Running out of opportunities and losing ground in the Big Ten standings, Minnesota needed to defend its home court on Wednesday against Indiana to get back on track in the quest for a NCAA Tournament bid.
The Gophers dropped their fifth contest in six games as a poor shooting performance was too much for Minnesota (12-13, 6-9 Big Ten) to overcome in a 68-56 loss to Indiana (17-9, 7-8 Big Ten). A promising start to the game proved unsustainable as the Gophers ended 21-61 on field goals, dropping a crucial game to another team on the bubble.
"We didn't make any shots," said head coach Richard Pitino. "We couldn't grasp the fact that we had to drive the ball but that had to do with [Indiana's] defense as well, so give them credit."
Whatever plagued the Gophers' offense during a scoreless final 5:25 minutes in a 58-55 loss to Iowa on Sunday did not carry over to the beginning of Wednesday night's contest. Minnesota made 8-9 field goals to start the game on its way to opening up with a 23-13 lead. Redshirt junior Payton Willis spearheaded the early scoring with nine points in the first 6:10 of the game.
The efficient shooting start did not last too much longer for the Gophers. After taking the 10-point advantage, Minnesota endured a six minute field goal drought that saw its lead shrink to one possession. Despite scoring only eight points in the final 11 minutes of the period, the Gophers held on to a 31-28 edge at halftime.
"I don't know what it was," Willis said. "I have to watch the film, but we didn't get too many open looks after the first few minutes."
Intermission failed to rejuvenate Minnesota's scoring as the Gophers came out flat to begin the second period. Indiana promptly tied the contest and then took its first lead in 20 minutes of game time. It was only the second time the Hoosiers pulled ahead and the first time since an early 9-8 margin.
A jumper from Willis briefly gave Minnesota a one-point edge but Indiana responded with a 7-0 run to build its largest lead of the evening to that point, 44-38. The Gophers' shooting to start the second half was in stark contrast to the first, opening the period 5-18 from the floor. Minnesota struggled from the perimeter, especially sophomore Gabe Kalscheur who ended the night 1-9 on 3-pointers.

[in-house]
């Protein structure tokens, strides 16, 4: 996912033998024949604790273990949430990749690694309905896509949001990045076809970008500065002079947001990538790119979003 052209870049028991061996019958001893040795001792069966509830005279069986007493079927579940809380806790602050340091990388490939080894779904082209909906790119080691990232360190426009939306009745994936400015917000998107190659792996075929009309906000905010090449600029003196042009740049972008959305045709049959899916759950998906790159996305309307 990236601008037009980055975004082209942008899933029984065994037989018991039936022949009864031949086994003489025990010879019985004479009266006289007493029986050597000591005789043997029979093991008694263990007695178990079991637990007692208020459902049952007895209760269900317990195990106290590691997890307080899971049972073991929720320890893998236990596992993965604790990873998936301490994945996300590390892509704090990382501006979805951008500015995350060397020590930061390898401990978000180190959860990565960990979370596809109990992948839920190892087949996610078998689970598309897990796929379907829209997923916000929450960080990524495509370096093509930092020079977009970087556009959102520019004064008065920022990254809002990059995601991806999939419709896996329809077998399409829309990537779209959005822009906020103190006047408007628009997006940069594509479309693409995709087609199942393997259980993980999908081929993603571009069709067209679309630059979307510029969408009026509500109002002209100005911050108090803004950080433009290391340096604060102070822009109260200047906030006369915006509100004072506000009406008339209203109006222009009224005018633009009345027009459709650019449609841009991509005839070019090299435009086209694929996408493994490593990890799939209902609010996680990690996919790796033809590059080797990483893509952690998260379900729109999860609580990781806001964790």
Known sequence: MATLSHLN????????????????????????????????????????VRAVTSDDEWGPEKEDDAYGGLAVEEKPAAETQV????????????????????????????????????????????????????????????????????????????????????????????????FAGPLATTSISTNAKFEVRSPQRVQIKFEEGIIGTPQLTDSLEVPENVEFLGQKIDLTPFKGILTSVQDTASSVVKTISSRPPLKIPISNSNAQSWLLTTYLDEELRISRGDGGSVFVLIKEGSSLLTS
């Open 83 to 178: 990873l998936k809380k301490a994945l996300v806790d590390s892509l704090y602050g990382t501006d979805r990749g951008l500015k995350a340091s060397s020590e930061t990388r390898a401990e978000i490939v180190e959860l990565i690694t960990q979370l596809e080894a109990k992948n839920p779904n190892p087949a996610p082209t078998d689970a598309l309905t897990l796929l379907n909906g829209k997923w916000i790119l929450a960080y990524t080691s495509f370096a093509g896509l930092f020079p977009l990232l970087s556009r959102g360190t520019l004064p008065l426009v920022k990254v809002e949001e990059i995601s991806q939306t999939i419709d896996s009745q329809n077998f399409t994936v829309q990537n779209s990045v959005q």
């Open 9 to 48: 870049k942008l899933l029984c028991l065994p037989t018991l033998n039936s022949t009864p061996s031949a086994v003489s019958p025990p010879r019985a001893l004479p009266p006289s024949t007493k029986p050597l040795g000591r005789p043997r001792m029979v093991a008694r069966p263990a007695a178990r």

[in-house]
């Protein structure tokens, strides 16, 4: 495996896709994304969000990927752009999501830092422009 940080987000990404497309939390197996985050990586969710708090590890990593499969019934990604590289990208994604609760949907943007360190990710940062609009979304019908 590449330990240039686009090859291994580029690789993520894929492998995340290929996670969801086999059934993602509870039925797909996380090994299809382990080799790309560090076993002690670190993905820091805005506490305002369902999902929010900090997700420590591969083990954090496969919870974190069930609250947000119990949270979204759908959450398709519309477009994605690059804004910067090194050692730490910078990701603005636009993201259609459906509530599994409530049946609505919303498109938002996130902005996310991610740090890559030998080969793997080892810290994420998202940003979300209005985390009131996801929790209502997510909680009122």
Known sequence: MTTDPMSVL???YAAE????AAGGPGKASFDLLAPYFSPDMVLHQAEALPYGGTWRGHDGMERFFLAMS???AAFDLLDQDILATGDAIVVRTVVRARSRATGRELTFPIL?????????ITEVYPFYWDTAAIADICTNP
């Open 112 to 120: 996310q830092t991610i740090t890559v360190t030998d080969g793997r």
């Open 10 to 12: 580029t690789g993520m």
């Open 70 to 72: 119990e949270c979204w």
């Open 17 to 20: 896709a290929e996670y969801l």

"I'm shocked that Gabe goes 1-9," Pitino said. "And I thought he had some good looks. Payton is also a good 3-point shooter, so it's hard when you're missing that many shots."
Perhaps fittingly, another extended shooting slump came late in the second half for the Gophers as Indiana pulled away. In the game's final seven minutes, Minnesota only converted one field goal. After starting 8-9, the Gophers made 12-52 field goals to end the game. They struggled to score in all facets, making 4-25 threes and 10-19 free throws.
"We're missing some big [free throws]," Pitino said. "Leaving nine points on the line is too much."
Three players accounted for the majority of Minnesota's scoring. Willis and redshirt sophomore Marcus Carr both scored 12 points to lead the team. Sophomore Daniel Oturu scored 11 points and added 14 rebounds, although Pitino acknowledged that Indiana did a good job defending him.
"He missed some shots at the basket," Pitino said of Oturu. "He was trying to get to the rim. They blocked some good shots, rotated over and made it hard on him.
Freshman Trayce Jackson-Davis propelled Indiana to victory, posting a game-high 27 points and 16 rebounds. Senior Devonte Green was the only other Hoosier in double-figure scoring with 11 points.
With Minnesota now 12th in the Big Ten standings, the next chance to bounce back comes Sunday against Northwestern who is in last place at 1-14 in conference play. The Gophers' next home contest will come against the Big Ten leader, No. 7 Maryland on Feb. 26.
"We're still playing," Willis said. "We win five in a row we're back in the mix. We just have to take it game by game."